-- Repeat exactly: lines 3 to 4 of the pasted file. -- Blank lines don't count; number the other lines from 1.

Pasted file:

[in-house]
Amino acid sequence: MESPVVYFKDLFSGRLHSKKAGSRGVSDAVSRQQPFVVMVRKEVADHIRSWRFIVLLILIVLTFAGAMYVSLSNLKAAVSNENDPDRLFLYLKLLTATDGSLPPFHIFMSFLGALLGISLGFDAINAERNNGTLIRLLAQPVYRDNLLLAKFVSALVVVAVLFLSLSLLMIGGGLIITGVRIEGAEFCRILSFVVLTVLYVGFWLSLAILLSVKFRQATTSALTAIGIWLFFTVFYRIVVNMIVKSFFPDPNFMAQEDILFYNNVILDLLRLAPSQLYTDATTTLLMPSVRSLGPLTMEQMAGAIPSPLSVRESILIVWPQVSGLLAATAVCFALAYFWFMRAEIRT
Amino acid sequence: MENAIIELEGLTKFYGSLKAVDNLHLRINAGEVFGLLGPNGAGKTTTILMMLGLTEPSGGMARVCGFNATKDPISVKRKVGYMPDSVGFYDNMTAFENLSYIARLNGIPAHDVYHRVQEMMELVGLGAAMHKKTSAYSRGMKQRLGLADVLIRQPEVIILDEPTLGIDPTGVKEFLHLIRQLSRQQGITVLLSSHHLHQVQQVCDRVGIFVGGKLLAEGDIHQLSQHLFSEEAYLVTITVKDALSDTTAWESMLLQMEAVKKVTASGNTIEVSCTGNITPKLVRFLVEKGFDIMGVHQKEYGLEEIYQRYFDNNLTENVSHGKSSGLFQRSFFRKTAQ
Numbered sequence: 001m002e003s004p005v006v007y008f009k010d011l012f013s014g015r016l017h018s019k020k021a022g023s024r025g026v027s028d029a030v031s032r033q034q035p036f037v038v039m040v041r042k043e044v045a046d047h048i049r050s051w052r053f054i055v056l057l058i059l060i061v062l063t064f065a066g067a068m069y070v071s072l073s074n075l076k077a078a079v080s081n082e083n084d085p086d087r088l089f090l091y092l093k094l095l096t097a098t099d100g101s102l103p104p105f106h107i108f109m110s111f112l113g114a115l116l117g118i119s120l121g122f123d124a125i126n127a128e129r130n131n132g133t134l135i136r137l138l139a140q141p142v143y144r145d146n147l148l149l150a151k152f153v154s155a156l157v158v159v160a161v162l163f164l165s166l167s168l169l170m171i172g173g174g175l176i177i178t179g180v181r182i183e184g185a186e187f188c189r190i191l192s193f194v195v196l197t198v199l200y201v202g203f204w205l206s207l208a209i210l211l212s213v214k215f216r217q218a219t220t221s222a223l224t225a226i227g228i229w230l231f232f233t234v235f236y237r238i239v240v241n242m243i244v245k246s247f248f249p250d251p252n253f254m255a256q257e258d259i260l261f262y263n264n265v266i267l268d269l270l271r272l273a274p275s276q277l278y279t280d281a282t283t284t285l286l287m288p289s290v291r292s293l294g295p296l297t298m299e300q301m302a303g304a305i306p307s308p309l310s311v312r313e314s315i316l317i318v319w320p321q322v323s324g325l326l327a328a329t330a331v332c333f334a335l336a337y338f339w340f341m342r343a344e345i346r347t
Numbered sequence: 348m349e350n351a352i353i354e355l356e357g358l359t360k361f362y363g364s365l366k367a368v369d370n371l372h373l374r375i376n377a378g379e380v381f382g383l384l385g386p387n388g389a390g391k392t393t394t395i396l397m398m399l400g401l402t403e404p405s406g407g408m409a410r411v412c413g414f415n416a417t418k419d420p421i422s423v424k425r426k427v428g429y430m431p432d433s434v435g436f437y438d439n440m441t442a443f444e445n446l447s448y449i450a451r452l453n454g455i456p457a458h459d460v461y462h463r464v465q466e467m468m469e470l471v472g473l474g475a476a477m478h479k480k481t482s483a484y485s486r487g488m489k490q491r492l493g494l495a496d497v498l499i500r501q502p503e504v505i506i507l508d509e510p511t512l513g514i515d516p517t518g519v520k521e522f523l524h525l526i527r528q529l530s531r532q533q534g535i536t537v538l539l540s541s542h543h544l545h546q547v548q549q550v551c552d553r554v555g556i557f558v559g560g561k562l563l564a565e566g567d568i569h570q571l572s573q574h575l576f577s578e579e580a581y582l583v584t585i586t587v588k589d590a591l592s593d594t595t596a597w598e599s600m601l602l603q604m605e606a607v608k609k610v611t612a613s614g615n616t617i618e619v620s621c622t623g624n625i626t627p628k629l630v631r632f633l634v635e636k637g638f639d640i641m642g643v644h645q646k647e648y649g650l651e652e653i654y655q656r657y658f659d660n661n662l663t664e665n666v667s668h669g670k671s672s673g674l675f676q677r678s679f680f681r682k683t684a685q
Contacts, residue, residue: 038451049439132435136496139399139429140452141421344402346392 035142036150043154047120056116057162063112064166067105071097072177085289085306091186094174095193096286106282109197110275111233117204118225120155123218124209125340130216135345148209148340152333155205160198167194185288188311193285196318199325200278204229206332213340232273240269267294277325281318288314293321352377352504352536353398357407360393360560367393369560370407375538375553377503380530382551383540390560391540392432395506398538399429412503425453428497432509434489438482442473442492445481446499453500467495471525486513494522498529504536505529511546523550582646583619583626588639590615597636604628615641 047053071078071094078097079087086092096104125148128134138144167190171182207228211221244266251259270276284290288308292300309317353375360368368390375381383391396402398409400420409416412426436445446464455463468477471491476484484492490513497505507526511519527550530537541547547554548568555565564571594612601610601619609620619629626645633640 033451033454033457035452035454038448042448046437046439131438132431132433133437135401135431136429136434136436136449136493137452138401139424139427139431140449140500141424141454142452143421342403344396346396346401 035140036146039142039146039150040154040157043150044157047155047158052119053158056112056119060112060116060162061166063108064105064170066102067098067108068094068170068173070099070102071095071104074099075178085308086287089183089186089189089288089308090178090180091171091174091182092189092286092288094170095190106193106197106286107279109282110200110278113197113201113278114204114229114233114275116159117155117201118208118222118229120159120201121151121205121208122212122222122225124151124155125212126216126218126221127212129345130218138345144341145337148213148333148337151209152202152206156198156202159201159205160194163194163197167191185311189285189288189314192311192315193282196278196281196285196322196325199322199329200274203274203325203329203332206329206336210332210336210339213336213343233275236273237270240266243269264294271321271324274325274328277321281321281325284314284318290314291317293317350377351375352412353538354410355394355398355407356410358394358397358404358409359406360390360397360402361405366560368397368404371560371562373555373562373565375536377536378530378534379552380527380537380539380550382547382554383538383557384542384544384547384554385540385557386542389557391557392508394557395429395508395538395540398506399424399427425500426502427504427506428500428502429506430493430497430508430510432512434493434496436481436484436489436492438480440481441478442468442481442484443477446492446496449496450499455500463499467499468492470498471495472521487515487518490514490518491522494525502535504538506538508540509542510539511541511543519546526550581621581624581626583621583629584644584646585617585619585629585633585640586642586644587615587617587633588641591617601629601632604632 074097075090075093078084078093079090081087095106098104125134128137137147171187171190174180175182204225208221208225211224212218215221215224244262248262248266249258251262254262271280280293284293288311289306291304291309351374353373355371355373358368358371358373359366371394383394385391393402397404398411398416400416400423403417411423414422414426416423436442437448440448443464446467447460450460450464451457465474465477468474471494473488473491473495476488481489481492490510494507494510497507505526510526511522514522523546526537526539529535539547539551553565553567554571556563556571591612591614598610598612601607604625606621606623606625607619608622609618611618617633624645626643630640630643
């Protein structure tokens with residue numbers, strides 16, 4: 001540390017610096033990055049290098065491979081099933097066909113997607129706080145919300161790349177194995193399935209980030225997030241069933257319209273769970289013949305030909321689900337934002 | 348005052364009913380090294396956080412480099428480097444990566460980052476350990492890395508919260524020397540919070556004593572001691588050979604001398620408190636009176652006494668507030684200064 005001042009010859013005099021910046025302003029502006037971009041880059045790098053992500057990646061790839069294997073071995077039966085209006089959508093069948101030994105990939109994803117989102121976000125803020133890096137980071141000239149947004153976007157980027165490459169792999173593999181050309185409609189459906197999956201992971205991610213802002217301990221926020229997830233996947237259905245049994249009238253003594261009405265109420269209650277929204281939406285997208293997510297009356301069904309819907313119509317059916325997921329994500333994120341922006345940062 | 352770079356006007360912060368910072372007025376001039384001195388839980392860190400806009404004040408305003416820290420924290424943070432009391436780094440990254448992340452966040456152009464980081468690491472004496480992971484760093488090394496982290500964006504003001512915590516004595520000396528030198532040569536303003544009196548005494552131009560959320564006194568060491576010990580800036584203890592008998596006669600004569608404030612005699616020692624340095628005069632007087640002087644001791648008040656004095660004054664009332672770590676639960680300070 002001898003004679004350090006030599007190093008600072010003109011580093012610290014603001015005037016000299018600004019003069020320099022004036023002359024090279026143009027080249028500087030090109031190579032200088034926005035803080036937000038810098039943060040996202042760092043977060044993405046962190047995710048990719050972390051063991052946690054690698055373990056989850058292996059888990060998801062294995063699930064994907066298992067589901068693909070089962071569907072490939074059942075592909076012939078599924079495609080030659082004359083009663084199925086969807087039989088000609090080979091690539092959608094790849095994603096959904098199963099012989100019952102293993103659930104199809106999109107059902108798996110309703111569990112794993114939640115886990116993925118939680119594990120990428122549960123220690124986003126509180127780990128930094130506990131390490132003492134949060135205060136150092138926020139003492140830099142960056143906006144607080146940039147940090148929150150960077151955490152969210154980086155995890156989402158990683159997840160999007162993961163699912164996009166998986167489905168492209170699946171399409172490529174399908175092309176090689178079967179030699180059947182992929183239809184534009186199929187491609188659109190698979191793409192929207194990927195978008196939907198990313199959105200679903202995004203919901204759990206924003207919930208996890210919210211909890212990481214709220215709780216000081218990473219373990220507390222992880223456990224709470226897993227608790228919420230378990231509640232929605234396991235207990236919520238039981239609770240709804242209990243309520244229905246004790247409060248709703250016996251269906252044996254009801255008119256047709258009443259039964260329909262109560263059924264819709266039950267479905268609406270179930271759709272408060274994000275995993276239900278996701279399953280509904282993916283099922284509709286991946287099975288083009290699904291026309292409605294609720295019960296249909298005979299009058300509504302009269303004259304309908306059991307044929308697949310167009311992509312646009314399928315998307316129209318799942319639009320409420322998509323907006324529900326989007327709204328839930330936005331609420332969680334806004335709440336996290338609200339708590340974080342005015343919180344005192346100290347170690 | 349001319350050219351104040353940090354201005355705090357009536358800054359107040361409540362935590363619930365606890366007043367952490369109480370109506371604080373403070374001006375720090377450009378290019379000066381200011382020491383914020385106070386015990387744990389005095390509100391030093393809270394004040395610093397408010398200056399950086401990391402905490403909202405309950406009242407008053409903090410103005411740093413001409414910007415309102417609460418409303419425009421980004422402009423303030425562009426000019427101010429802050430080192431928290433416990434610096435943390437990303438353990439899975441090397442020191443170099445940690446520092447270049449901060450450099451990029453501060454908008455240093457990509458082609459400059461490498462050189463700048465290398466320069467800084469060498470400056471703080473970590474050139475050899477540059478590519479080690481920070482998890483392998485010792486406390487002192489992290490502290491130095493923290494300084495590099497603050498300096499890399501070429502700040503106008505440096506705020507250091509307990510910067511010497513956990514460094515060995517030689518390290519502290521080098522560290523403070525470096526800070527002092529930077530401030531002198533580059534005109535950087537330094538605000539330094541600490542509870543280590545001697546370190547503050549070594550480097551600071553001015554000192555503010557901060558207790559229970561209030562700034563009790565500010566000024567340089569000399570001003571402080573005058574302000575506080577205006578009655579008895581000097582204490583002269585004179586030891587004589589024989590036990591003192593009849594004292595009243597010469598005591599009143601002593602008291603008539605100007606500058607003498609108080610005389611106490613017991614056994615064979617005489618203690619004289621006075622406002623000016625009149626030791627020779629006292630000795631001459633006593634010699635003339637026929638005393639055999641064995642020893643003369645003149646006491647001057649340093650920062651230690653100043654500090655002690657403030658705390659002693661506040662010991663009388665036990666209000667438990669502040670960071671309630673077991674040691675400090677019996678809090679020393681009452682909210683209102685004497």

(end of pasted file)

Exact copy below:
Amino acid sequence: MENAIIELEGLTKFYGSLKAVDNLHLRINAGEVFGLLGPNGAGKTTTILMMLGLTEPSGGMARVCGFNATKDPISVKRKVGYMPDSVGFYDNMTAFENLSYIARLNGIPAHDVYHRVQEMMELVGLGAAMHKKTSAYSRGMKQRLGLADVLIRQPEVIILDEPTLGIDPTGVKEFLHLIRQLSRQQGITVLLSSHHLHQVQQVCDRVGIFVGGKLLAEGDIHQLSQHLFSEEAYLVTITVKDALSDTTAWESMLLQMEAVKKVTASGNTIEVSCTGNITPKLVRFLVEKGFDIMGVHQKEYGLEEIYQRYFDNNLTENVSHGKSSGLFQRSFFRKTAQ
Numbered sequence: 001m002e003s004p005v006v007y008f009k010d011l012f013s014g015r016l017h018s019k020k021a022g023s024r025g026v027s028d029a030v031s032r033q034q035p036f037v038v039m040v041r042k043e044v045a046d047h048i049r050s051w052r053f054i055v056l057l058i059l060i061v062l063t064f065a066g067a068m069y070v071s072l073s074n075l076k077a078a079v080s081n082e083n084d085p086d087r088l089f090l091y092l093k094l095l096t097a098t099d100g101s102l103p104p105f106h107i108f109m110s111f112l113g114a115l116l117g118i119s120l121g122f123d124a125i126n127a128e129r130n131n132g133t134l135i136r137l138l139a140q141p142v143y144r145d146n147l148l149l150a151k152f153v154s155a156l157v158v159v160a161v162l163f164l165s166l167s168l169l170m171i172g173g174g175l176i177i178t179g180v181r182i183e184g185a186e187f188c189r190i191l192s193f194v195v196l197t198v199l200y201v202g203f204w205l206s207l208a209i210l211l212s213v214k215f216r217q218a219t220t221s222a223l224t225a226i227g228i229w230l231f232f233t234v235f236y237r238i239v240v241n242m243i244v245k246s247f248f249p250d251p252n253f254m255a256q257e258d259i260l261f262y263n264n265v266i267l268d269l270l271r272l273a274p275s276q277l278y279t280d281a282t283t284t285l286l287m288p289s290v291r292s293l294g295p296l297t298m299e300q301m302a303g304a305i306p307s308p309l310s311v312r313e314s315i316l317i318v319w320p321q322v323s324g325l326l327a328a329t330a331v332c333f334a335l336a337y338f339w340f341m342r343a344e345i346r347t